I was not lucky enough to be born in Cambridge. I chose it as a place to live since I love the city! I was born in Chicago, along with my parents and my five sisters. I attended Catholic school there until fifth grade, when we moved to Stamford, Connecticut, and my parents chose the public school system. My high school, Stamford High, was very much like CRLS in demographics. Lots of well-off families and lots of families struggling to make it financially and lots in between. Similar breakdown of racial and ethnic backgrounds, except fewer Latino students. I was both a geek and a jock. Most days I kept out of trouble by going to the gym, where I played varsity gymnastics & track. I was also the first girl on the school's cross-country team, most memorable for the first, mandatory team meeting held in the boy's locker room by the coach who resented being coerced by federal legislation to open the team to girls. I benefited from Title IX, and ever since have appreciated the need to break down barriers.
I was the first in my family to ever apply to Harvard, where I went to college and first fell in love with Cambridge, and first volunteered in the schools. After a couple years of work in New York City for a politician (Brooklyn District Attorney Liz Holtzman), I went to graduate school, at the Yale School of Management, where I received great training in business and strategic thinking. After several years in corporate consulting at the large international firm of McKinsey, and after paying off my school loans, I went into the non-profit and socially responsible business sector. I have run two small companies (an environmental firm and a telephone reseller).
Since moving back to Cambridge in 1991, I have been active in the community. My educational involvement includes serving on the Board of Cambridge School Volunteers for 7 years, including 4 as Treasurer. I was President and Treasurer of Children's Village, a childcare center in Cambridge where my children went. I also served as Director of Cambridge United for Education, an independent citywide organization dedicated to promoting excellence in CPS. Since my children entered school I have been involved, like many parents, in my children's schools, first the Peabody and now Amigos. I have also been involved and sought to ensure community and parent input into district wide decisions. I have often testified at School Committee, and have helped push the district as a whole to address declining enrollment, budget transparency, and advocating for greater communication.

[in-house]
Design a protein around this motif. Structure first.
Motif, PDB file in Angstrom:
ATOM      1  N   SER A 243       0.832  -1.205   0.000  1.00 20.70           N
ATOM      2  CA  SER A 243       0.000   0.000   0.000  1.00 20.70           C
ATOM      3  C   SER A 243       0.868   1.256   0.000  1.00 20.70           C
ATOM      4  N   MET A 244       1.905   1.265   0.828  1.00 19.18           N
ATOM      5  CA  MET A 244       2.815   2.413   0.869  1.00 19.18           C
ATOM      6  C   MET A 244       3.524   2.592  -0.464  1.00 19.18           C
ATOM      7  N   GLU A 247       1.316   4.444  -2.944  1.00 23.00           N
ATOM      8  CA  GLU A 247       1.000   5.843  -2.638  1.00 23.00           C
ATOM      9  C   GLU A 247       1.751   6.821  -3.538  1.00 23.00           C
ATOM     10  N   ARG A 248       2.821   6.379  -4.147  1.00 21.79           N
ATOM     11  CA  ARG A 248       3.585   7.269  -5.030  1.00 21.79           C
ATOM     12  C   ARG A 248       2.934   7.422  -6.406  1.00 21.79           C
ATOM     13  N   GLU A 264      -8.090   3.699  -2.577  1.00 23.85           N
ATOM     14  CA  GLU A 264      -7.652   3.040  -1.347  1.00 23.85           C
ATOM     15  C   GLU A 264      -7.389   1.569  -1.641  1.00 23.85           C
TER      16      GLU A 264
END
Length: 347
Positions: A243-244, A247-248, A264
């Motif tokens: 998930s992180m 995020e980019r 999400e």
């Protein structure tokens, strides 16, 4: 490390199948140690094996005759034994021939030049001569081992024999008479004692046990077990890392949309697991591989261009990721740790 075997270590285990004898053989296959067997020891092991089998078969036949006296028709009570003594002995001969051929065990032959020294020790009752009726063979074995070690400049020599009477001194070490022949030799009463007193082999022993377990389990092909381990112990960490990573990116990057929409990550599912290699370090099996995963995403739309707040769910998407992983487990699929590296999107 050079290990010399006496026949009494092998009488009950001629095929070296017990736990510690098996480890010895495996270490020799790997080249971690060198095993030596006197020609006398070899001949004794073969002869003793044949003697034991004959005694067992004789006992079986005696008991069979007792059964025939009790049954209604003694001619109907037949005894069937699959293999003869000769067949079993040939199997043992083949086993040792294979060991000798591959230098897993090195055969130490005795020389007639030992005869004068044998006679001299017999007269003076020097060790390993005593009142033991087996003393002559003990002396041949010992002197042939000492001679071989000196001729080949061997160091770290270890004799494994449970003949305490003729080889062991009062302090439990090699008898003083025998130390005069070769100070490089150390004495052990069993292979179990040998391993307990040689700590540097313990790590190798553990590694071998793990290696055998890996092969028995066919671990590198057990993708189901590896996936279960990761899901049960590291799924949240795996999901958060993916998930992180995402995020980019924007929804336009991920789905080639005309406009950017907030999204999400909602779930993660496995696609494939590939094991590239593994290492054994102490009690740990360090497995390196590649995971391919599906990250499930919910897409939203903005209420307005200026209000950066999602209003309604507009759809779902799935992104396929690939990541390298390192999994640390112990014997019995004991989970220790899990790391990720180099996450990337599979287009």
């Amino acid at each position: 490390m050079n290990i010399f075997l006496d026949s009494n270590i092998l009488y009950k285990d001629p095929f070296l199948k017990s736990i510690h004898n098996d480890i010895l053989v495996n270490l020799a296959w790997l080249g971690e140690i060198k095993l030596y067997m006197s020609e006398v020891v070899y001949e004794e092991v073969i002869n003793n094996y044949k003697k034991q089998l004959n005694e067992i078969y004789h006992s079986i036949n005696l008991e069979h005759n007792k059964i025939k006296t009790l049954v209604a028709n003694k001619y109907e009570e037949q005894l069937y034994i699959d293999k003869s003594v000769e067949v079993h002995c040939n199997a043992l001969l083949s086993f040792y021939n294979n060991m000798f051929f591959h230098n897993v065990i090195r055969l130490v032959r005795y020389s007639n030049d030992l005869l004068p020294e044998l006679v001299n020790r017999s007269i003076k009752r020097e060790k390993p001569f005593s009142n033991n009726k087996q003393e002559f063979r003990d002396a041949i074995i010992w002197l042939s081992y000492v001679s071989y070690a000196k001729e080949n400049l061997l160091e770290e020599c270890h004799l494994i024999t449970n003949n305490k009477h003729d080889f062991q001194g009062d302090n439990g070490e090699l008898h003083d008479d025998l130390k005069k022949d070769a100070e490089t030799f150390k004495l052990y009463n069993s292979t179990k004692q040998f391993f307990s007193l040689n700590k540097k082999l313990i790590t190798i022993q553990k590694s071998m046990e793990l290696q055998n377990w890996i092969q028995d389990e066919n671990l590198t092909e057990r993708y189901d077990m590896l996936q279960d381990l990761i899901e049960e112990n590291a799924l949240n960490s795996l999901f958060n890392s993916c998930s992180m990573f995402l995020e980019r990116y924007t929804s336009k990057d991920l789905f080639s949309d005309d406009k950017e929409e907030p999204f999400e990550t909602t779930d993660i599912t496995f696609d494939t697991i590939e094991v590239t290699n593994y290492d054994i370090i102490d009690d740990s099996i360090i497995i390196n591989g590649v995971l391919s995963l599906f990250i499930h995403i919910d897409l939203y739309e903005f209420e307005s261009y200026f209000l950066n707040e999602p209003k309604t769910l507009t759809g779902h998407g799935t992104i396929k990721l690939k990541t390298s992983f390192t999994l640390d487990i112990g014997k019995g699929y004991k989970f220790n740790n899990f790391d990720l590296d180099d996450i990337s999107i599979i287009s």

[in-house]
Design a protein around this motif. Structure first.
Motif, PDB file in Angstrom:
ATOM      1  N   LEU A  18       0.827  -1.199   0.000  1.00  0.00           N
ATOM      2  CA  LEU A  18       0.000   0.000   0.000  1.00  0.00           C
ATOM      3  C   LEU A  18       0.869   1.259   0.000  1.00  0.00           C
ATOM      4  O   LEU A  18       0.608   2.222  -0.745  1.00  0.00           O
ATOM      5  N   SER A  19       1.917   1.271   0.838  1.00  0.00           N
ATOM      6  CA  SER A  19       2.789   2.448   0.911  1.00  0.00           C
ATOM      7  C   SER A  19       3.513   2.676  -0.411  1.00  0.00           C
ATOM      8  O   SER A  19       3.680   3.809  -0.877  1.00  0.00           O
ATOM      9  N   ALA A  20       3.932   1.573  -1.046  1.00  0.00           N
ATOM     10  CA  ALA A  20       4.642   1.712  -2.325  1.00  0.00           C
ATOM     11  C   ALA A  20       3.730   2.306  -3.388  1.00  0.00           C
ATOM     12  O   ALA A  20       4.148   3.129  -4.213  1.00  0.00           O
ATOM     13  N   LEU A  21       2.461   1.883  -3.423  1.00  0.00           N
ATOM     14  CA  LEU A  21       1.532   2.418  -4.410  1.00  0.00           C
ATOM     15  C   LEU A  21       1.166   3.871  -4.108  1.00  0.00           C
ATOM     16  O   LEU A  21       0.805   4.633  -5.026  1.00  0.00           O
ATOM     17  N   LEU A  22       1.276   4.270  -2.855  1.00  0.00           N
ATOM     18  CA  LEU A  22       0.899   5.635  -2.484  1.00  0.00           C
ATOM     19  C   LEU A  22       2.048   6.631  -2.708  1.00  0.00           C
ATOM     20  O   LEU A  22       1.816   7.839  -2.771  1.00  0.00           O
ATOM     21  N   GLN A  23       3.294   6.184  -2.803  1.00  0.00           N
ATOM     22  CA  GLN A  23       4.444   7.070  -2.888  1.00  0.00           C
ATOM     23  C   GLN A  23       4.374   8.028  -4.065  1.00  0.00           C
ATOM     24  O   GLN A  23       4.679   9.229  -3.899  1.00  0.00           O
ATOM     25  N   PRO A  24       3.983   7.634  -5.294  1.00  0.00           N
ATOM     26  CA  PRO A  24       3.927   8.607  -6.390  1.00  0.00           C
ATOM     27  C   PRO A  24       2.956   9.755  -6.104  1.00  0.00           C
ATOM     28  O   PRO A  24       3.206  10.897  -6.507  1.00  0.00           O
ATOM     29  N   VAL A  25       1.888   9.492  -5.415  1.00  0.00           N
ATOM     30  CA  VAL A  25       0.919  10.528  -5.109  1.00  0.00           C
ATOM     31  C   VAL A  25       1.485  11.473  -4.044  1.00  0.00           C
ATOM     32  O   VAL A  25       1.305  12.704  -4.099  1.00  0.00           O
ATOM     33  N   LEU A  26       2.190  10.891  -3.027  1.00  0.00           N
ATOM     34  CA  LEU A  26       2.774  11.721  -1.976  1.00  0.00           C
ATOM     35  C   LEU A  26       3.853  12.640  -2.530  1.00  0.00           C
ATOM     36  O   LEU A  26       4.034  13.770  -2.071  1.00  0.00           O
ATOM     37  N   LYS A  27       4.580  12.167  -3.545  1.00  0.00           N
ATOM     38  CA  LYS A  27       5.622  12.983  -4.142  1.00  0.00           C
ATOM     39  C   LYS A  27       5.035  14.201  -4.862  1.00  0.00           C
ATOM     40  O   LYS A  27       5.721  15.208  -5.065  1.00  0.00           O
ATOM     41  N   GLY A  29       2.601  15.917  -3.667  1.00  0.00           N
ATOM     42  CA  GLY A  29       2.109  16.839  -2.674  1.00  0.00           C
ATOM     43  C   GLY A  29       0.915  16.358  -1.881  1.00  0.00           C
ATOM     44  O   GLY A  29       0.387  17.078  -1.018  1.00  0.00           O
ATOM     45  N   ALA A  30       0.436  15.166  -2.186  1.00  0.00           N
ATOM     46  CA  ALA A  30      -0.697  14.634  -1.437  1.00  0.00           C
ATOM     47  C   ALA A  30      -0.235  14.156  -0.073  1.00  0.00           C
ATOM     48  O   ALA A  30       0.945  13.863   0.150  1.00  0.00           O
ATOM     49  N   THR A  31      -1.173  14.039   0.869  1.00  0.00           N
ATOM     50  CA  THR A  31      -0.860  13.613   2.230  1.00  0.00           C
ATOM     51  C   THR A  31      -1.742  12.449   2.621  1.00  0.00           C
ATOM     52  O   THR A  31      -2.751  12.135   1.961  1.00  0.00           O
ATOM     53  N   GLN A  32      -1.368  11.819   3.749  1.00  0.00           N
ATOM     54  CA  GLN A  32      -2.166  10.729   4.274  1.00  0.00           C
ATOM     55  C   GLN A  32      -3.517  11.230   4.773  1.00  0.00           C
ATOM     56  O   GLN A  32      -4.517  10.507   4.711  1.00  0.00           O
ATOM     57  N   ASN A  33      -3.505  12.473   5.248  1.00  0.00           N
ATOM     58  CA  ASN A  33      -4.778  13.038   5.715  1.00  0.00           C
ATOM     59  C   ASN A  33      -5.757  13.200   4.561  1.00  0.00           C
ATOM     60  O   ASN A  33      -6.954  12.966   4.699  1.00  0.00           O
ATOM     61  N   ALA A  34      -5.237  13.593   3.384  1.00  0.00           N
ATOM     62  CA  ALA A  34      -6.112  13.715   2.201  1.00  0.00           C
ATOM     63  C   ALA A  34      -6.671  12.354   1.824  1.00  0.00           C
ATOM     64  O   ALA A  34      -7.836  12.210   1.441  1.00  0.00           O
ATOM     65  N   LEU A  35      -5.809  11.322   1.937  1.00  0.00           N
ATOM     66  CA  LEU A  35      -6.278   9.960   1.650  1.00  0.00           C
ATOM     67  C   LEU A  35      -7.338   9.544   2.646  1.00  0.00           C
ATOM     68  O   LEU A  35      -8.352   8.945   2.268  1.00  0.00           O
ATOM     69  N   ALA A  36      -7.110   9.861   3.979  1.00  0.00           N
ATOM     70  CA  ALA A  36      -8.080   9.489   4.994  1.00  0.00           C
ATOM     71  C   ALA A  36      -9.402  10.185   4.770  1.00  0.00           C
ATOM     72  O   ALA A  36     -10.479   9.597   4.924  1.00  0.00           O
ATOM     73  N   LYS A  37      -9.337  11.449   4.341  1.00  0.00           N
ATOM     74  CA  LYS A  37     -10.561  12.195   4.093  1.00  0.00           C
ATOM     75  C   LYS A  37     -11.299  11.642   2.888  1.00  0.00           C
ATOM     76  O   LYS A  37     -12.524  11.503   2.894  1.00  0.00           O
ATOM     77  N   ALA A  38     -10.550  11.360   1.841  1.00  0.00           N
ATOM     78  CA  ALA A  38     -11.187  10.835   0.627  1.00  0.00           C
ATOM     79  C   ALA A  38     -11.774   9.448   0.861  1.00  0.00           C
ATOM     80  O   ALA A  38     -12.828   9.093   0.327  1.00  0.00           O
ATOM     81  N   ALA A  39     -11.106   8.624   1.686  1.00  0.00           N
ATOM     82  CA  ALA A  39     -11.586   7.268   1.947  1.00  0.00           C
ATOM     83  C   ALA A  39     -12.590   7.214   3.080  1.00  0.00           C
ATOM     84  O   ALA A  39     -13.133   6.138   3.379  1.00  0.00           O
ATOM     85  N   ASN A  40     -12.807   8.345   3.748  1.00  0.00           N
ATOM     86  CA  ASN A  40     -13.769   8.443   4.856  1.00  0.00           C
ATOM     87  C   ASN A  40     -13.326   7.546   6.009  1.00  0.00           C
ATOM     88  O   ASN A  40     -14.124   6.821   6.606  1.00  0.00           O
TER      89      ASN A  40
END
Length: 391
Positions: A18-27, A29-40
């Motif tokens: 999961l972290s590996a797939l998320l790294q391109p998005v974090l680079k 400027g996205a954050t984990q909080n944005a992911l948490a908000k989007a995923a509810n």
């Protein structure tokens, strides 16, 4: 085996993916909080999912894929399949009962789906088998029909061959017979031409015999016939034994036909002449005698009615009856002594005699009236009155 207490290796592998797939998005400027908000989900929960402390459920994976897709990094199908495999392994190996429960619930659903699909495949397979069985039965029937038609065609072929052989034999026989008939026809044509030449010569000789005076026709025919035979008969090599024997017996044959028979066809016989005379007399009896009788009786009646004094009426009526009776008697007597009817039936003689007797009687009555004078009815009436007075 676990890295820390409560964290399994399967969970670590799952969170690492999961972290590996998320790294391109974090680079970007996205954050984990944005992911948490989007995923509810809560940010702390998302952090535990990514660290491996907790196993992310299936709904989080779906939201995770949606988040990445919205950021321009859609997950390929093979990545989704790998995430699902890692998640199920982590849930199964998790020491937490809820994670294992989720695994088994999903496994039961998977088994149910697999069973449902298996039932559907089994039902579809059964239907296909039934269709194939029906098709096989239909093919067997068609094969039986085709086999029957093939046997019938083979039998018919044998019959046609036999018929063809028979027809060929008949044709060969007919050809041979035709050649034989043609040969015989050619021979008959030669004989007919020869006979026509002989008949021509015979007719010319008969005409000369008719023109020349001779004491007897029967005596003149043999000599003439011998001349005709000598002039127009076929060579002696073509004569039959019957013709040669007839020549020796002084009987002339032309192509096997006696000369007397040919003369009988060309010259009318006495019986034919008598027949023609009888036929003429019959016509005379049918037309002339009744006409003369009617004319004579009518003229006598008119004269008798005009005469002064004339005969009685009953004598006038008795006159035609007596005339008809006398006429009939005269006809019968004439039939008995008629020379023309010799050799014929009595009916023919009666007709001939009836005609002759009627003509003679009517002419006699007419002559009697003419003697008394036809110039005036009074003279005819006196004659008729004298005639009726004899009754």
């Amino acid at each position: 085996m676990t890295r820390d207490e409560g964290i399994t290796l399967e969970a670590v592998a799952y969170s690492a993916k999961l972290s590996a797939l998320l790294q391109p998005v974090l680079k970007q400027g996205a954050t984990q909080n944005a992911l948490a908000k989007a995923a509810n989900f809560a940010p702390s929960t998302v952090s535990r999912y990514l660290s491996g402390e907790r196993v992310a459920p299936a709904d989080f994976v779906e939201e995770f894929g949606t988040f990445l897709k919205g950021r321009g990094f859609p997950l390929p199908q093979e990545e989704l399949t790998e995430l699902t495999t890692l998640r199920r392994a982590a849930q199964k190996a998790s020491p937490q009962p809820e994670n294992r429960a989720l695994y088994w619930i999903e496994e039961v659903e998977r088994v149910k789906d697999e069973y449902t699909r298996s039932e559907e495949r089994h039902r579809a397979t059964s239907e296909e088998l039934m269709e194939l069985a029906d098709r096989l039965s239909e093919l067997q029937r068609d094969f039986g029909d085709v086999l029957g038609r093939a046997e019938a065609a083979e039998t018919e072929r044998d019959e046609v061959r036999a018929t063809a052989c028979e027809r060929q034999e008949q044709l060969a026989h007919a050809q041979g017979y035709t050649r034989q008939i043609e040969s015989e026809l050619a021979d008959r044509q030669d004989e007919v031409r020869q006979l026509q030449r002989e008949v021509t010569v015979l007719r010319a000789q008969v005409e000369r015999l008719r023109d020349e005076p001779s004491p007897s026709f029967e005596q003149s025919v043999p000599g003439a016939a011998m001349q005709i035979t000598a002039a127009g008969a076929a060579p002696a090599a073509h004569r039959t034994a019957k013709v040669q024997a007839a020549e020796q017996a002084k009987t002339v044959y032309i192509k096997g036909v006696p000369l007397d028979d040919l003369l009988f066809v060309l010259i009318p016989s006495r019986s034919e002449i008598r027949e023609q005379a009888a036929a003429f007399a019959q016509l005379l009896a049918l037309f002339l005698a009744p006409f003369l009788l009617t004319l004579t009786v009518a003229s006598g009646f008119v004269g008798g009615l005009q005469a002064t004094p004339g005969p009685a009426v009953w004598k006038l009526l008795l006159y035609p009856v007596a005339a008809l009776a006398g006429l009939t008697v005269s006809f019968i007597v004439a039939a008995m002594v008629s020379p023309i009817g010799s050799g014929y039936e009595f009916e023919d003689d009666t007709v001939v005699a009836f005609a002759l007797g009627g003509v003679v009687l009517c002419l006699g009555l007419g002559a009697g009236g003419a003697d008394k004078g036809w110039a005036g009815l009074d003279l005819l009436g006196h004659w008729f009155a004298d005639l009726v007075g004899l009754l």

For the last 7 years, I have been doing mostly project-based work. I've helped a legal staffing firm start-up, several enterprises that are worker-owned, including a model welfare-to-work home health aide company, worked on economic development in Boston, an environmental mutual fund and many other projects. I was leader of a group that sought to open an International Baccalaureate Charter High School here in Cambridge. That effort did not make the final cut by the state, but it got me very involved in thinking about to better use our tremendous resources as a district.
My background in management, strategic thinking and analytical approach to solve problems is what I believed would be a terrific addition to the Cambridge School Committee. And I have proven during my first two terms that my background has been incredibly useful to the Committee as a whole. I am known for my integrity, analytical skills and courage and have been the most effective School Committee member pushing for excellence and better use of Cambridge's $25,000 per student spending.
I have been a consistent force for positive change and my management background, different from all other candidates, has made a positive difference. My first two terms proved that I can get stuff done. I now have a solid record of accomplishments. I've been working collaboratively on my priority issues of: raising the academic bar; reallocating funds based on results; providing challenge for all students — those who are struggling and those who are advanced; ensuring input into policy decisions (for example: controlled choice, Intensive Studies Program (ISP) admittance, discipline); strengthening strategic plans in special education and technology; and ensuring education includes the arts, critical thinking and global learning. Elections are uncertain. I could lose without your # 1 vote.
Patty with husband David Rabkin, her children Joshua & Alexis (both at CRLS) and exchange student Sasha Adrian, who lived with the family for a year.
Patty Nolan hosted seven local high schools students to hear Supreme Court Justice Sandra Day O'Connor at the Radcliffe Day Lunch this June. The picture shows the group with Justice O'Connor and Radcliffe Dean Barbara Grosz. Photo by Tony Rinaldo.
Patty Nolan chats with some seniors at the MIT picnic. All Cambridge residents are invested in excellent public schools, whether they have children or grandchildren in the schools or not.
Patty's daughter Alexis,
artist for Patty's purple signs,
sits by another proud artistic creation.
Midnight, May 17, 2004
Cambridge City Hall
Patty Nolan, with husband David Rabkin and a sleepy Joshua (8) and Alexis (6) celebrate a landmark civil rights moment together.
Danehy Park, Cambridge.
Patty Nolan with her 2 children take a break and listen to some environmental stories during the Green Bike Tour, Spring 2005.